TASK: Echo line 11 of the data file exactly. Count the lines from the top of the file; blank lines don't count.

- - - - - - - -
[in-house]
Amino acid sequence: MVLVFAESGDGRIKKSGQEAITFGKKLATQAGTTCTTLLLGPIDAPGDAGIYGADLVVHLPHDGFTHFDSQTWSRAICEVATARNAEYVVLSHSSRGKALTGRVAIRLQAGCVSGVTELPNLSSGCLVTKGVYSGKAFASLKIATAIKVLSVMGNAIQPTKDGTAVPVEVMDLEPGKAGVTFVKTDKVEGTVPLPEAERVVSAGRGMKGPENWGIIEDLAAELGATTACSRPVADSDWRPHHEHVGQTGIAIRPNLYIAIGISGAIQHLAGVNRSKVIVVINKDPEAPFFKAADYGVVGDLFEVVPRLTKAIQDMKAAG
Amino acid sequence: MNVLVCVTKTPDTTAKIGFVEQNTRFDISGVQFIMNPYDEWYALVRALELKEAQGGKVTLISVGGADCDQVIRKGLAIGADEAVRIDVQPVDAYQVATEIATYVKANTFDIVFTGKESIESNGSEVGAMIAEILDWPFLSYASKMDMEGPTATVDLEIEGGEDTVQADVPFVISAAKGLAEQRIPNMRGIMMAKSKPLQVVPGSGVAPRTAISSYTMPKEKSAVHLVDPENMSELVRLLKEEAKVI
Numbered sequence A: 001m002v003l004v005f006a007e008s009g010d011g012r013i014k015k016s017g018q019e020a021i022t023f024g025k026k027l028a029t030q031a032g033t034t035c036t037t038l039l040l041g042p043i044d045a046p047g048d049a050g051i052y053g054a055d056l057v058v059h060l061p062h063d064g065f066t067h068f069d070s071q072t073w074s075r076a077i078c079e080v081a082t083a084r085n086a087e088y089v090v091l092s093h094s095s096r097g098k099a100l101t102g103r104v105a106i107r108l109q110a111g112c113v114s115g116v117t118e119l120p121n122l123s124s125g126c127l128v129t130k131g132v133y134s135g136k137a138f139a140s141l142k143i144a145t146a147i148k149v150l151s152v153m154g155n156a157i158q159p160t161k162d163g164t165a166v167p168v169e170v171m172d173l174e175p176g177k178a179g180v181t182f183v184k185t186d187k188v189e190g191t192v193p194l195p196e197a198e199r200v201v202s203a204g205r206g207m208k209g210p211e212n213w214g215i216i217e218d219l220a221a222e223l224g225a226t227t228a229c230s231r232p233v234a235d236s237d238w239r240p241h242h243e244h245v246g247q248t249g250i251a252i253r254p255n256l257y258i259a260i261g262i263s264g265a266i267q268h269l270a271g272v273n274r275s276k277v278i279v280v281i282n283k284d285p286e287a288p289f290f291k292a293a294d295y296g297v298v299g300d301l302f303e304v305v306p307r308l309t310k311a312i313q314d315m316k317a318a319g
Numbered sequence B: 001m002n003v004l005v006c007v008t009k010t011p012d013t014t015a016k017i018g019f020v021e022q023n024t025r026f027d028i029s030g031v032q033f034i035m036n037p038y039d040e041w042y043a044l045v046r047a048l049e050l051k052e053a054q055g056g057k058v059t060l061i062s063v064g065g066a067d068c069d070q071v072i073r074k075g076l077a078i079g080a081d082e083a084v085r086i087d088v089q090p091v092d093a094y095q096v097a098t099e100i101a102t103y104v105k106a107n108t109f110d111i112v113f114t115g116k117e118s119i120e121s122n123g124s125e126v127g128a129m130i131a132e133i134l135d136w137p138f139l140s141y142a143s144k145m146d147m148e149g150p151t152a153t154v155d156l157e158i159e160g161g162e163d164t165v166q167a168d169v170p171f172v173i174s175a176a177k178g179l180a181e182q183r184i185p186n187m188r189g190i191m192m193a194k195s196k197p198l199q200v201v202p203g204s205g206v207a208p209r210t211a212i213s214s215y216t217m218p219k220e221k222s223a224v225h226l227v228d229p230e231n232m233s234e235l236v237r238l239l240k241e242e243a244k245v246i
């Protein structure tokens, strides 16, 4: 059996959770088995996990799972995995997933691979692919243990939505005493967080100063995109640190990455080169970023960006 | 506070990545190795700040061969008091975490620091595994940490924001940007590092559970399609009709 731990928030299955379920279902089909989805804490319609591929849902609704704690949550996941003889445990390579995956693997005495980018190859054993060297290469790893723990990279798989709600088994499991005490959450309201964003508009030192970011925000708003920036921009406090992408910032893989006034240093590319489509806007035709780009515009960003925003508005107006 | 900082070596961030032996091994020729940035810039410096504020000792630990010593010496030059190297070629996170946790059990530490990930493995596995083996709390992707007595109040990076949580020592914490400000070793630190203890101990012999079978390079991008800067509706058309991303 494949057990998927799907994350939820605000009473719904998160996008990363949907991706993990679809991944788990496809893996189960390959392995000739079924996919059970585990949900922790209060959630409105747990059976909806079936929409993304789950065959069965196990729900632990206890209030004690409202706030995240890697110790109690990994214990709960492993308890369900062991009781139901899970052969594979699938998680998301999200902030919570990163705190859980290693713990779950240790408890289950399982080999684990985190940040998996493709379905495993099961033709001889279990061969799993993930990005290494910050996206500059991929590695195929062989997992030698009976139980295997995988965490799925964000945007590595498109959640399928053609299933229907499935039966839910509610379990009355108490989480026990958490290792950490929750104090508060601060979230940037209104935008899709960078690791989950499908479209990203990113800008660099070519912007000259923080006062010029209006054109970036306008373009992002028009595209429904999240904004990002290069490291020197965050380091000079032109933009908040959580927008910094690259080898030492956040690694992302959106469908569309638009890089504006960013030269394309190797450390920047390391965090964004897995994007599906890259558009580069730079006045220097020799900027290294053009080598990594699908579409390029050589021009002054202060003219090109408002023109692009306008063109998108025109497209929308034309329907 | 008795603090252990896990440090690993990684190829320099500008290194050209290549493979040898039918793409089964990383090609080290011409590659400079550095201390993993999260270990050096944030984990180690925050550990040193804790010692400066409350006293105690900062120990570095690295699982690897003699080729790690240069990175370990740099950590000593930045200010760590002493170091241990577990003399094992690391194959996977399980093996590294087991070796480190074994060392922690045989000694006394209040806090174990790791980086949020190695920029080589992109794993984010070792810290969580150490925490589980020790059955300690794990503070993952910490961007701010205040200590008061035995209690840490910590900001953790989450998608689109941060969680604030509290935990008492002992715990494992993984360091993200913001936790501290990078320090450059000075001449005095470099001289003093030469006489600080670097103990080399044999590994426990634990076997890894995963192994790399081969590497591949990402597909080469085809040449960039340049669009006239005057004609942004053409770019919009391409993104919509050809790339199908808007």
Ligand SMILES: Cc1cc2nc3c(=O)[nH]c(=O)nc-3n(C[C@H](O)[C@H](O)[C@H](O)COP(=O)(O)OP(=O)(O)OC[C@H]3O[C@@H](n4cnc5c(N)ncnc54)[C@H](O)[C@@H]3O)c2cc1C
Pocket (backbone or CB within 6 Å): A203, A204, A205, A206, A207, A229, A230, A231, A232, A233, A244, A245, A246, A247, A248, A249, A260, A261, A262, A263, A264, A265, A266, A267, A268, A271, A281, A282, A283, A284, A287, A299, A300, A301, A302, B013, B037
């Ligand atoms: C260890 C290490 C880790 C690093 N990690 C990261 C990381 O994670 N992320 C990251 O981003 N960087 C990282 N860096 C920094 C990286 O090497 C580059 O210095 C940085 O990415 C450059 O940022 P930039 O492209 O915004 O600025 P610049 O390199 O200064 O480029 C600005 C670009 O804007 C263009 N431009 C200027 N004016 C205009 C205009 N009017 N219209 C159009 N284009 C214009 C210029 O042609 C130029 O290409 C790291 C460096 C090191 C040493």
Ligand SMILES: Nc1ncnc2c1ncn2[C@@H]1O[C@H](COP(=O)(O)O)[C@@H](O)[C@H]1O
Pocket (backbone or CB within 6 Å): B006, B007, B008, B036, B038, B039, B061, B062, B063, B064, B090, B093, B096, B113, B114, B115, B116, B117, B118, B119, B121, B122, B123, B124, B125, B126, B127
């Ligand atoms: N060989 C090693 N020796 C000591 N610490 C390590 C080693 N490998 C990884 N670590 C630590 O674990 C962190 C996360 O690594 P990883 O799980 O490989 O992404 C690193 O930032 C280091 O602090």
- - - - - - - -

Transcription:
Pocket (backbone or CB within 6 Å): B006, B007, B008, B036, B038, B039, B061, B062, B063, B064, B090, B093, B096, B113, B114, B115, B116, B117, B118, B119, B121, B122, B123, B124, B125, B126, B127